“Indeed I do, ma’am. I believe that with a minor adjustment you will be able to continue your fine work with no loss of income. After all, we all benefit from your work, and damn, we really don’t want, well…some folks’ running the show, do we?” The man then described his plan. He would address the entire village after the next Flamin’ Friday, telling them how he understood the pain of the poor and that he had a revolutionary idea of how to access better healthcare without actual revolution. He would tell the hutters of his close, personal relationship with the old woman, and that if each person would bring him a small gift every week without fail, he would personally assure their ability to get quick and good care from her if they ever fell ill. He would keep a few of the gifts, but give most to the crone. The people would be calmed, secure in the fact that they could afford a little bit given out each week for some peace-of-mind.

“Damn, “the old woman said as she stroked her sharp chin, “That’s so crazy it just might work! You’re on!” The two shook hands, the meeting was held, and the new plan activated. The participation of all the villagers made them both even more loaded with cool stuff, which emboldened them. The crafty man soon returned to another Flamin’ Friday gathering.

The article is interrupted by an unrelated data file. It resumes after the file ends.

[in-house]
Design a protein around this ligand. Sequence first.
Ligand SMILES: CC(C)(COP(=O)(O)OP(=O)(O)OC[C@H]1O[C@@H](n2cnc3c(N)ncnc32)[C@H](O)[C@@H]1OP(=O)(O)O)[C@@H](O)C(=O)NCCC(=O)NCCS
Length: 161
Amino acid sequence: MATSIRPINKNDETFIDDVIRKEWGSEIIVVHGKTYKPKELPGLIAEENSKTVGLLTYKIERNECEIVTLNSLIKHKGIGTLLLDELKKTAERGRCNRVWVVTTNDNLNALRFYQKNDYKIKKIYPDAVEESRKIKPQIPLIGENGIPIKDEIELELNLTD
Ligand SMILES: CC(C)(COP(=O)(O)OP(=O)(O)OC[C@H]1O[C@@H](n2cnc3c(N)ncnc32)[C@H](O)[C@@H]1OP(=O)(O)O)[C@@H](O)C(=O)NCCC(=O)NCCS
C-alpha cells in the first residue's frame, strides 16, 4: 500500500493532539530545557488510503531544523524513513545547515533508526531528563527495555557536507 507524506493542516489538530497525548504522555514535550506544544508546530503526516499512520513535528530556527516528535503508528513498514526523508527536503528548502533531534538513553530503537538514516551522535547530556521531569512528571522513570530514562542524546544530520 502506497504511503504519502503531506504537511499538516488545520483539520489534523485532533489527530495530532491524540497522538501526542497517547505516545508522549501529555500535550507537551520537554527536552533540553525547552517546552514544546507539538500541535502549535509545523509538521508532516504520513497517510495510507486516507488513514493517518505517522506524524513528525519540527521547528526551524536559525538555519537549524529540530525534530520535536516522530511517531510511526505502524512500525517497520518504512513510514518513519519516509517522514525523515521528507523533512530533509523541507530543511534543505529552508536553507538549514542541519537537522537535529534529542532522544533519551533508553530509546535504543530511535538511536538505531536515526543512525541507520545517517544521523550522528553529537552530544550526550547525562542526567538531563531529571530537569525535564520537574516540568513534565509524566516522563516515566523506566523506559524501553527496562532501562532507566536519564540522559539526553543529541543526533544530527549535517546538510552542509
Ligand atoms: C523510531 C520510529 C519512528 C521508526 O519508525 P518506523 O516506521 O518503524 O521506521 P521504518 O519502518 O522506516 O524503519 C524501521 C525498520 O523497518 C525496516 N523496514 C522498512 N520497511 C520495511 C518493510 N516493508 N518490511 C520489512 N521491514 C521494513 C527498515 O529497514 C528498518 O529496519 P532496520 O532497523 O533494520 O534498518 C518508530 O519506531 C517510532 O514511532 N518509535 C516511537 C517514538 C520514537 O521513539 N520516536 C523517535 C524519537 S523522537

“Rate hike, folks! You know, cost of living, medical research and trials and such. We want to continue to provide you with the finest care any group of hutters could hope for, so please bring in three items of value each week from now on. Thanks!”

A angry older male voice rang out from the crowd. “What?? Are you kidding me? It’s hard enough for me to bring even one! I can’t do that! DAMN!”

The man sought out the mad man’s face and replied. “Bro, I am so sorry. Times are tough. Anyone who can’t keep up with these moderate, reasonable rate hikes just has to be cut from the program. You understand. It just isn’t fair to the others to pay their fair share while some pay less or nothing at all, and we all have to get by. Glob bless you, though, and I hope your fortunes improve sometime so you can avoid an early painful death or something.” The crowd stood, chilled even as the embers still glowed from the pyre.

The rate hikes continued until, essentially, things were as they had been prior to the plan, where only the wealthiest hutters could afford full access to the crone’s help. Some huts could only bring in gifts to secure care for the youngest, or the best hunter, or the red-headed hottie. In frustration, the poor and middle-class hutters tried to form their own healthcare collective using river mud, leeches, and yak tongue scrapings, with little practical success.